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StepChange response to FCA consultation on support for borrowers in financial difficulty

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The FCA consulted on changes to rules and guidance designed to ensure regulated financial services firms better support customers facing payment difficulties.

StepChange welcomes the FCA’s proposals. Widespread financial precarity means that financial difficulty is common among those who hold unsecured credit products and mortgages. In May 2023, 44% of UK adults reported finding it difficult to keep up with household bills and credit commitments, while 8% met StepChange’s definition of severe problem debt.

Currently, too many people who need support to address debt problems either do not get help, or get the help they need too late. When people experiencing financial difficulty do seek help, that help is too often ineffective.

In our client surveys, half of respondents tell us that they were in difficulty for over a year before they accessed debt advice, while recent research commissioned by the FCA shows that the extent and effectiveness of creditor support for those struggling with debt repayments is variable.

Not accessing help, accessing help too late or being let down by poor support lengthens and deepens financial difficulties unnecessarily, results in fewer options for customers to resolve their issues, and causes worse outcomes and additional harm to those affected.

StepChange has also highlighted a specific problem of ‘safety net’ borrowing, currently affecting an estimated 13% of UK adults, where using credit to keep up with bills and existing credit commitments leads to poor outcomes.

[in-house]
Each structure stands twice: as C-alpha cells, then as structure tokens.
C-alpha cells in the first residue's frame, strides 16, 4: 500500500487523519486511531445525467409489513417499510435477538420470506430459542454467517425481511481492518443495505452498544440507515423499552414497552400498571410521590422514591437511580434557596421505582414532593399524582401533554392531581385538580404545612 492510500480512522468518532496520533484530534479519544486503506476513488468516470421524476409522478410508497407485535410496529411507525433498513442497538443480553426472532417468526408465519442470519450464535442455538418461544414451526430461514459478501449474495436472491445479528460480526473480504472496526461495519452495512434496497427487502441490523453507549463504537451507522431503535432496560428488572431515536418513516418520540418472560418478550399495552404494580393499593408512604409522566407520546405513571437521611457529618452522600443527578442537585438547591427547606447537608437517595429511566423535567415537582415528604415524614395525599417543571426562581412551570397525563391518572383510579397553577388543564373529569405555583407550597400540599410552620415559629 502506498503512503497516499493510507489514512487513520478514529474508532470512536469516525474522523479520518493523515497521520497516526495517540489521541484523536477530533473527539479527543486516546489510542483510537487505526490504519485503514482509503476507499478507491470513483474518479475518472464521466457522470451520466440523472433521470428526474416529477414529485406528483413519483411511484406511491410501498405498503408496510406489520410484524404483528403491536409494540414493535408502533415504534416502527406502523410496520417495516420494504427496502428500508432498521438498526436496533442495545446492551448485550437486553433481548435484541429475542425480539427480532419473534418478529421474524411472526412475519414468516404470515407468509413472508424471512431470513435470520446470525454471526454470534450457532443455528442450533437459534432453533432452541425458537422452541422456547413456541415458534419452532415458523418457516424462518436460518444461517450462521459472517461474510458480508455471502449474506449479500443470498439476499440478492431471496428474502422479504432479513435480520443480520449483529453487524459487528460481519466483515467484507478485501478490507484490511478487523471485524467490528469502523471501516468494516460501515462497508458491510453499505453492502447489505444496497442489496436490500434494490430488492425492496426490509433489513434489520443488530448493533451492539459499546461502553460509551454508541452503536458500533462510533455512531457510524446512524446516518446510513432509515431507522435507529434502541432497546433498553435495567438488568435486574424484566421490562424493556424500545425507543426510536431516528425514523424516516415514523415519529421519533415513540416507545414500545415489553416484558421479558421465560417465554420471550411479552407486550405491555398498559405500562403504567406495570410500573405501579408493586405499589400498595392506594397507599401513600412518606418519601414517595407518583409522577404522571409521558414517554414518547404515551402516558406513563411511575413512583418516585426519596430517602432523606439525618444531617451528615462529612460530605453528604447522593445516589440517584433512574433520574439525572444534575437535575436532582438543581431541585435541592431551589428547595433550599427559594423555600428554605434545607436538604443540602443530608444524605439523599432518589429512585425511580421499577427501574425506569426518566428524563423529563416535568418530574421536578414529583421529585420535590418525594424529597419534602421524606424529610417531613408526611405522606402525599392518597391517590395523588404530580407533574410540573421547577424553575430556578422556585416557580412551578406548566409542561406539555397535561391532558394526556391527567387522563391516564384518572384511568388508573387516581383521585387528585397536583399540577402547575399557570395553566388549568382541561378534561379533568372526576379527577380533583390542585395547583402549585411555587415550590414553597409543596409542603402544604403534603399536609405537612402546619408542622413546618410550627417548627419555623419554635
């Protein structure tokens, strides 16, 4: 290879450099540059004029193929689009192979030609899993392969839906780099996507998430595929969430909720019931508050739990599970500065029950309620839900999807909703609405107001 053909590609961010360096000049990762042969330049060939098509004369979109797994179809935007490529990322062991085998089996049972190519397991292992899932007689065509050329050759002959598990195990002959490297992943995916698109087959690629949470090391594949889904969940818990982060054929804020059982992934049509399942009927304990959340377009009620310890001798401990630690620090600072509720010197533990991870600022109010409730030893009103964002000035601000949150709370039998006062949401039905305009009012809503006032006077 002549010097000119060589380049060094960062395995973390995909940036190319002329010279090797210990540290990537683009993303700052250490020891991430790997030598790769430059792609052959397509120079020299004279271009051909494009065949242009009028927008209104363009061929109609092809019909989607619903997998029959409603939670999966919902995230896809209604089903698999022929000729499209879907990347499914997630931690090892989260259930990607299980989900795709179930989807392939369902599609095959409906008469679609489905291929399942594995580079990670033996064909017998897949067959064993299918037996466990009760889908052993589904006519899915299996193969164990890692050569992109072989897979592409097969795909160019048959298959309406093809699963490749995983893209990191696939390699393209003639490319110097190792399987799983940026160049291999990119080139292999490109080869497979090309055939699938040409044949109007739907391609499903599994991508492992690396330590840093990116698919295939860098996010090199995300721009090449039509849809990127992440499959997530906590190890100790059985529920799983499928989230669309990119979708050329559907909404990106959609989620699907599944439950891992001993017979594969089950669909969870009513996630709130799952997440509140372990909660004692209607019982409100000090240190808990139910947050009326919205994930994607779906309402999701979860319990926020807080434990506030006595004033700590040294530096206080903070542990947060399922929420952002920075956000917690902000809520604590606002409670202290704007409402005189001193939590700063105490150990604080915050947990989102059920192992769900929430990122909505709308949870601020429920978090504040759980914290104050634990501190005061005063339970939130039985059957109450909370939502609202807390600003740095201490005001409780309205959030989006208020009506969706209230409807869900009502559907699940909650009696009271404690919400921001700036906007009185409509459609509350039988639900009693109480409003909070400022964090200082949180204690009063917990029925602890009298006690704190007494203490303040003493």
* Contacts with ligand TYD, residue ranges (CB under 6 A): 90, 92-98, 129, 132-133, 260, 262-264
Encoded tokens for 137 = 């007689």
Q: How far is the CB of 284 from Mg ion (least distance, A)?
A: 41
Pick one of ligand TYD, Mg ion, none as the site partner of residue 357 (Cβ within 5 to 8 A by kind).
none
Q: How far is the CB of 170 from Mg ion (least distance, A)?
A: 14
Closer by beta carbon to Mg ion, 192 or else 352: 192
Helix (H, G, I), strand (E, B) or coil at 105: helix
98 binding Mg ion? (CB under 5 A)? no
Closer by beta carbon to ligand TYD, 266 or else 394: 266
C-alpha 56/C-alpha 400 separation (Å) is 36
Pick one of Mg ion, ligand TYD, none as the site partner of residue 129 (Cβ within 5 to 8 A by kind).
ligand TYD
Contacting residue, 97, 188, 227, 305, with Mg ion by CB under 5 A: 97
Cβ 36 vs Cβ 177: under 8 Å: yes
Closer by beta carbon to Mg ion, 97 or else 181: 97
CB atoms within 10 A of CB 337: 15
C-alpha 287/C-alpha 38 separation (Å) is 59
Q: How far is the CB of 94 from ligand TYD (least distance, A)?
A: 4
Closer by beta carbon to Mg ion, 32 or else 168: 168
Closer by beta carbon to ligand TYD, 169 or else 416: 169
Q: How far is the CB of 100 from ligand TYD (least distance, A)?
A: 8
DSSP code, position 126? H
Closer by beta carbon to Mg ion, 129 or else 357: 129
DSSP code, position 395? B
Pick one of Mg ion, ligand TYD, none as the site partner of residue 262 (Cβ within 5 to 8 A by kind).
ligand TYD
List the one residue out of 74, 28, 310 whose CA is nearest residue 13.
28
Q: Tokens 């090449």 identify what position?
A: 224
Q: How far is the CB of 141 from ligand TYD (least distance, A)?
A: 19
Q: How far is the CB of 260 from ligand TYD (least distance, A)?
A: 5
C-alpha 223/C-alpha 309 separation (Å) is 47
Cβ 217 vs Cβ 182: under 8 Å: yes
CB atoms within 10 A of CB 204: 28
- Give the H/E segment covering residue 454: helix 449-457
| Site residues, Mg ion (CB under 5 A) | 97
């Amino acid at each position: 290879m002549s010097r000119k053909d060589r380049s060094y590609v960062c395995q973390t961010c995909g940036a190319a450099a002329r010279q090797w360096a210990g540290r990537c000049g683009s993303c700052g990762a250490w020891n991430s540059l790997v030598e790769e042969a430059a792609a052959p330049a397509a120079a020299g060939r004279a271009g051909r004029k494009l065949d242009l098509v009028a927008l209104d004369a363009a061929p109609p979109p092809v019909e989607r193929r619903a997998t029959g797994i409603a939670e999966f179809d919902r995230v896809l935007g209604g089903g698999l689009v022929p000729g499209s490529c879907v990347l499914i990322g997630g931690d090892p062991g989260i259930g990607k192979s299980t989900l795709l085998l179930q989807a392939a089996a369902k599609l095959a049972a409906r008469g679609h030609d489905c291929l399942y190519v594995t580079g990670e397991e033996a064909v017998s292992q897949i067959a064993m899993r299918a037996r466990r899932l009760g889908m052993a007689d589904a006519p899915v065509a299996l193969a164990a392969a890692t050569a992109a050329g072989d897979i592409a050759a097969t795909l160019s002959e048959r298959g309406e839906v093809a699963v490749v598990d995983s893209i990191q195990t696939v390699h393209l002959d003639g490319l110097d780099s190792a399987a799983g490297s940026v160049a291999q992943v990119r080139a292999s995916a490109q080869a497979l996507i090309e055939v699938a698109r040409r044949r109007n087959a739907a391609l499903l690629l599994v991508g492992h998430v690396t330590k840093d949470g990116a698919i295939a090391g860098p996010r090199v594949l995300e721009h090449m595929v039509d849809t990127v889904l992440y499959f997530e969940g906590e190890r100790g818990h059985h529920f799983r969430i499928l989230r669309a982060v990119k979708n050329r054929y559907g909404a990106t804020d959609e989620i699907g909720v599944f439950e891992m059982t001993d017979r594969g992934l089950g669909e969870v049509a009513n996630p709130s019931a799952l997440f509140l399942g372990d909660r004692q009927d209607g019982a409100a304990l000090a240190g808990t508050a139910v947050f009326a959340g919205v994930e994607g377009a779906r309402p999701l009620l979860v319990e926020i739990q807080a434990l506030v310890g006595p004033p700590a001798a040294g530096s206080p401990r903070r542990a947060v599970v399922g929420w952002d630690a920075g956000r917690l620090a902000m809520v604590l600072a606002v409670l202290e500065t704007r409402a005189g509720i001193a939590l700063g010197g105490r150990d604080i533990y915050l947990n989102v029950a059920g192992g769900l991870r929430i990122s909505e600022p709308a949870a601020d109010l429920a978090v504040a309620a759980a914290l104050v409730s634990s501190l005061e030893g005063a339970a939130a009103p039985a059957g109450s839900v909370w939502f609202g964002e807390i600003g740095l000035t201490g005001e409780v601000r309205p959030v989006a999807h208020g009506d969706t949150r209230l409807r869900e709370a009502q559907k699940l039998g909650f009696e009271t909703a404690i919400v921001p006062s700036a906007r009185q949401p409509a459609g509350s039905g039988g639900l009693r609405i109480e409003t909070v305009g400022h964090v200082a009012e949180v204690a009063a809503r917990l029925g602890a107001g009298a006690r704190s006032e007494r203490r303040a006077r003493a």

We welcome the FCA’s proposals to bring key elements of the Tailored Support Guidance (TSG) into FCA rules and guidance. Shifting the focus of intervention to an earlier stage, taking steps to improve the effectiveness of signposting to money and debt advice, and strengthening requirements to agree sustainable forbearance and repayment agreements has significant potential to improve outcomes for struggling consumers.

However, we are also disappointed the proposals focus narrowly on transposing and updating elements of the TSG and do not incorporate important learning from the impact of payment deferrals.

The Consumer Duty rightly places a central focus on good outcomes as an organising principle of financial services regulation. However, the proposals in this consultation are not yet fully aligned with the Duty.

An effective strategy to address barriers to improving support and delivering better outcomes for customers in financial difficulty must be cross-cutting and address issues including:

  • The need for firms to develop and maintain an evidence- and data-driven early intervention strategy, focused on a proactive approach to identifying signs of pre-arrears difficulty and intervening effectively, building on learning from repeat overdraft use rules.
  • The central importance of a simple, clear and attractive offer of help to engage struggling consumers, building on learning from pandemic payment deferrals (and more recently the Mortgage Charter agreed with lenders).
  • Changes to credit information to ensure the system is effective at enabling firms to identify difficulty promptly, provides reassurance to consumers that they will not be disproportionately punished for seeking help and rewards those who maintain repayment agreements (building on the early steps of the Credit Information Market Study proposals).
  • Targeted changes to rules and guidance concerning revolving credit that have a direct impact on creating, extending and deepening financial difficulties journeys, shaped by the Consumer Duty obligations to ensure credit products are properly adapted to the financial circumstances and needs of customers.
  • An effective compliance and enforcement strategy to address persistent problems of firm conduct and culture where they exist.

Consumers in, or at risk of, financial difficulty are among those most vulnerable to poor outcomes and acute harms. As part of the process of embedding the Consumer Duty, the FCA should place specific emphasis on ensuring better outcomes for this group. This should include guiding a holistic programme of work across the FCA’s workstreams to drive the change needed to prevent and mitigate financial difficulties journeys.